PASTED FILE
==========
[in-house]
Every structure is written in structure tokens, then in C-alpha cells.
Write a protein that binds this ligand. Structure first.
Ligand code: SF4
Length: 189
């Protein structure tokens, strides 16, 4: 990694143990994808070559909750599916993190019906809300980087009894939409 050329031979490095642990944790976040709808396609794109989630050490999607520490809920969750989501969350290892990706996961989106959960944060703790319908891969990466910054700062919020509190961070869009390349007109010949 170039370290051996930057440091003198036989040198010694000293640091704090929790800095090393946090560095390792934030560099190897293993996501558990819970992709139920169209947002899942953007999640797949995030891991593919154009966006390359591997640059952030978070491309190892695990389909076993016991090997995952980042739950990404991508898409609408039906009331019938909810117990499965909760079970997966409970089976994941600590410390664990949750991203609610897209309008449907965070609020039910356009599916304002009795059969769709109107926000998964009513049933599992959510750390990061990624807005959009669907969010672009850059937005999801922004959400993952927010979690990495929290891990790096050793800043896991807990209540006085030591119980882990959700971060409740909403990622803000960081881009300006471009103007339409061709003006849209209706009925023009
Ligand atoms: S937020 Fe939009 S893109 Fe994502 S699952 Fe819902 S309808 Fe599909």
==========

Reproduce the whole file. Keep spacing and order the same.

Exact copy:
[in-house]
Every structure is written in structure tokens, then in C-alpha cells.
Write a protein that binds this ligand. Structure first.
Ligand code: SF4
Length: 189
């Protein structure tokens, strides 16, 4: 990694143990994808070559909750599916993190019906809300980087009894939409 050329031979490095642990944790976040709808396609794109989630050490999607520490809920969750989501969350290892990706996961989106959960944060703790319908891969990466910054700062919020509190961070869009390349007109010949 170039370290051996930057440091003198036989040198010694000293640091704090929790800095090393946090560095390792934030560099190897293993996501558990819970992709139920169209947002899942953007999640797949995030891991593919154009966006390359591997640059952030978070491309190892695990389909076993016991090997995952980042739950990404991508898409609408039906009331019938909810117990499965909760079970997966409970089976994941600590410390664990949750991203609610897209309008449907965070609020039910356009599916304002009795059969769709109107926000998964009513049933599992959510750390990061990624807005959009669907969010672009850059937005999801922004959400993952927010979690990495929290891990790096050793800043896991807990209540006085030591119980882990959700971060409740909403990622803000960081881009300006471009103007339409061709003006849209209706009925023009
Ligand atoms: S937020 Fe939009 S893109 Fe994502 S699952 Fe819902 S309808 Fe599909």